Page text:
It’s 12:30am and I have a pretty solid rule of no writing latenight anymore, ‘cos it gets my mind revving for bed, but then I shouldn’t have stumbled on the midnight airing of Larry King, on which a few comics are lamenting the loss of George Carlin.
Bill Maher nailed it nicely, in speaking of both Lenny Bruce and George Carlin. Lenny Bruce, he liked but didn’t love, ‘cos while Bruce was wildly groundbreaking, he wasn’t always funny. Carlin, however, even when he offended the shit outta you, his fuckin’ smirk would win you over and you’d be smitten by the act’s end.
Here’s the thing, though. Carlin’s greatest contribution to our society, I think, is that words are just words, and if we wanna let ‘em hurt us or bother us, that’s our right, but our rights should stop when it starts infringing on other people’s rights to use whatever words they like.
That’s it, in a nutshell. I mean, shit, it’s a fucking word. What’s the motherfucking problem? Why are they getting their tits in a twist? Don’t let the cocksuckers win. They’re a bunch of cunts just taking the piss.
When Carlin unleashed the seven words you couldn’t say on television, and his act landed his ass in a sling for obscenity that same year, it began a serious debate. The debate wasn’t new, but it was much more prominent, because this was Carlin, not Bruce. Carlin played the fucking Tonight Show, man. People actually liked him.
Lenny Bruce’s problem was, he was so antagonistic and angry about pushing the boundaries that he often sort of forgot to bring the humour along with his act. Still, he made important statements, and you can read his How to Talk Dirty And Influence People today and it will still sound like he’s talking about modern society, and it’s more than 40 years old. He was ahead of his time, brilliant, outspoken, groundbreaking, but just a little too hard to take for the common person.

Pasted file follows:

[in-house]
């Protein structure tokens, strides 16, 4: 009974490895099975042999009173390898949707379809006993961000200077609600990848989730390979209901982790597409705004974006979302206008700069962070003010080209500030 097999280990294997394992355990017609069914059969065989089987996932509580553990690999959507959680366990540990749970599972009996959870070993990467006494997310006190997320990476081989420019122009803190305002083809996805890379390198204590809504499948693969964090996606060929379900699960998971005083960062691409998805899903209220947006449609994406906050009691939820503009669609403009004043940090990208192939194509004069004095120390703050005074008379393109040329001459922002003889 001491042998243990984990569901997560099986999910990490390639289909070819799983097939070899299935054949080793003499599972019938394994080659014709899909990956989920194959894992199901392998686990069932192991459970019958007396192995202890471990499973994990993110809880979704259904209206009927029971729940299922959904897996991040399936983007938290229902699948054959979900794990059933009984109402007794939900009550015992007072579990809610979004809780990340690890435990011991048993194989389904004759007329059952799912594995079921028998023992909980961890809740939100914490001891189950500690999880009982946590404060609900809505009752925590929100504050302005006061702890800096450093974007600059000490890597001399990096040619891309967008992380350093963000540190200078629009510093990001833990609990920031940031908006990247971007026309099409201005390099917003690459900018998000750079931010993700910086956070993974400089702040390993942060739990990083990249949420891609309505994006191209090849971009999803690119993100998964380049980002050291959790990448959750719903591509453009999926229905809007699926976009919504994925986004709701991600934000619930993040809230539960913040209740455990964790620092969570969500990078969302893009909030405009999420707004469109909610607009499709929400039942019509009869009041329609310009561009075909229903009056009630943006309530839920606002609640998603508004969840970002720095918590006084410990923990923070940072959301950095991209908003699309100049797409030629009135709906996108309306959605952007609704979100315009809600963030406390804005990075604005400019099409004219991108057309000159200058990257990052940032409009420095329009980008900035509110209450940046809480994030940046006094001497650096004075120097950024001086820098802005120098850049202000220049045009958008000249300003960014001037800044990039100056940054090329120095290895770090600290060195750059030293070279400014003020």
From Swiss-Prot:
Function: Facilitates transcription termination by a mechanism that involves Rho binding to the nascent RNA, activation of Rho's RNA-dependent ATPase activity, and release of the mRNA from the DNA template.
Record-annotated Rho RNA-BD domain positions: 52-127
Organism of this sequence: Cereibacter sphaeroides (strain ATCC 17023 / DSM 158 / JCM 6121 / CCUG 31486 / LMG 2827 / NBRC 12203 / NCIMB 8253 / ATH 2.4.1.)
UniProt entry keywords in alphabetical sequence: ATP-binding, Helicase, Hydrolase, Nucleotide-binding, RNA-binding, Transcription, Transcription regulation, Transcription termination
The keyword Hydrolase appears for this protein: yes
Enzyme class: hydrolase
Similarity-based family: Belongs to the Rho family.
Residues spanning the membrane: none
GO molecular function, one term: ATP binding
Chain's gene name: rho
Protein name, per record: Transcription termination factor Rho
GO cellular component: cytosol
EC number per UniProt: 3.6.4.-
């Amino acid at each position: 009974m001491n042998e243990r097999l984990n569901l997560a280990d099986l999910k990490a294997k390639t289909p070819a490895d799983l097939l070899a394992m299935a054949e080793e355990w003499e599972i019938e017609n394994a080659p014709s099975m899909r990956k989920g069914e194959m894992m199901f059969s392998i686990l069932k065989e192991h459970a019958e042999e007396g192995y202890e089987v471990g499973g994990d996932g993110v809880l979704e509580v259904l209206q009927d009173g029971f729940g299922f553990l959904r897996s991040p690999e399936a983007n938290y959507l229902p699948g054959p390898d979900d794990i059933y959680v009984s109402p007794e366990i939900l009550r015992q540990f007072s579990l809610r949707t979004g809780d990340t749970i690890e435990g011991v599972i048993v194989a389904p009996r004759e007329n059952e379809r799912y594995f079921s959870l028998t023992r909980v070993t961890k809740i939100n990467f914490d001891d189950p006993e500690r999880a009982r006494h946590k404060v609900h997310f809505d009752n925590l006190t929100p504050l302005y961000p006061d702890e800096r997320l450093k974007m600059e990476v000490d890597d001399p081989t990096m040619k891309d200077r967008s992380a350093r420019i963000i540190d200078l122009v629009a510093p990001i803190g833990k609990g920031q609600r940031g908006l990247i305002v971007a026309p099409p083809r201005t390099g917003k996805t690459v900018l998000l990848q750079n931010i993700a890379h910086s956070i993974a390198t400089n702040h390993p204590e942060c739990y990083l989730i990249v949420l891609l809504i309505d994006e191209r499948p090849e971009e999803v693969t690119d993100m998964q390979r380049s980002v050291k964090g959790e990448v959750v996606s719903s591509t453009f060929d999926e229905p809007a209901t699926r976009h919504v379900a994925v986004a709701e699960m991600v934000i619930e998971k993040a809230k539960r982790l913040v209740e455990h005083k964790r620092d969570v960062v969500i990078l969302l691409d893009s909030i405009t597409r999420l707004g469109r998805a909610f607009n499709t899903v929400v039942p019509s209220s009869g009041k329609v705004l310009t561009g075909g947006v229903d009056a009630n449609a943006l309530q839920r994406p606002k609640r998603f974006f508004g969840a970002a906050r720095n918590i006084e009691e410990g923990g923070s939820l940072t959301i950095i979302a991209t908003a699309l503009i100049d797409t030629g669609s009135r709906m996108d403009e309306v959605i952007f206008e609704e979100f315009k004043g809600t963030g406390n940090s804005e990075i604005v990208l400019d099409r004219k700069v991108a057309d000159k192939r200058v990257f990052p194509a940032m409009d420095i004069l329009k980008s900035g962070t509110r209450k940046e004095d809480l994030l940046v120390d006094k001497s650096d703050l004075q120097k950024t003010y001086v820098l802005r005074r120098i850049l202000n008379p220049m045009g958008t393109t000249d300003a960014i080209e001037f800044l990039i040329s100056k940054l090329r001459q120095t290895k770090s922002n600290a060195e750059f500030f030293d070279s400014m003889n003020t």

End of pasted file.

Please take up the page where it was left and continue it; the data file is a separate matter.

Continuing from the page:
George Carlin, however, was this bright, funny, charming, effusive, witty, and always surprising guy who couldn’t help but to leave you feeling very, very amused. (And probably a little sore from all the laughing.) At the end, you’d think “Damn. That was some funny shit, but how’d he get to be so goddamned right about things? Yet… funny?”
One of the great unfortunate things about George’s lousy fucking timing about getting out of this rat-race of ours is that a landmark case is before the courts now, maybe to finally, for once and for all, debunk the notion of the “obscene”.
God, George would have loved to see this case argued.
As a blogger who sometimes talks about sex, but almost always writes in a way some deem to be “obscene”, with profanities abound, I’m concerned about any case that defines internet sex-related sites as obscene. As should anyone who writes on sex in the blggosphere, even if this is regarding a much more overt sex-filled site.
In a nutshell, the NY Times says:
Mr. Walters is defending Clinton Raymond McCowen, who is facing charges that he created and distributed obscene material through a Web site based in Florida. The charges include racketeering and prostitution, but Mr. Walters said the prosecution’s case fundamentally relies on proving that the material on the site is obscene.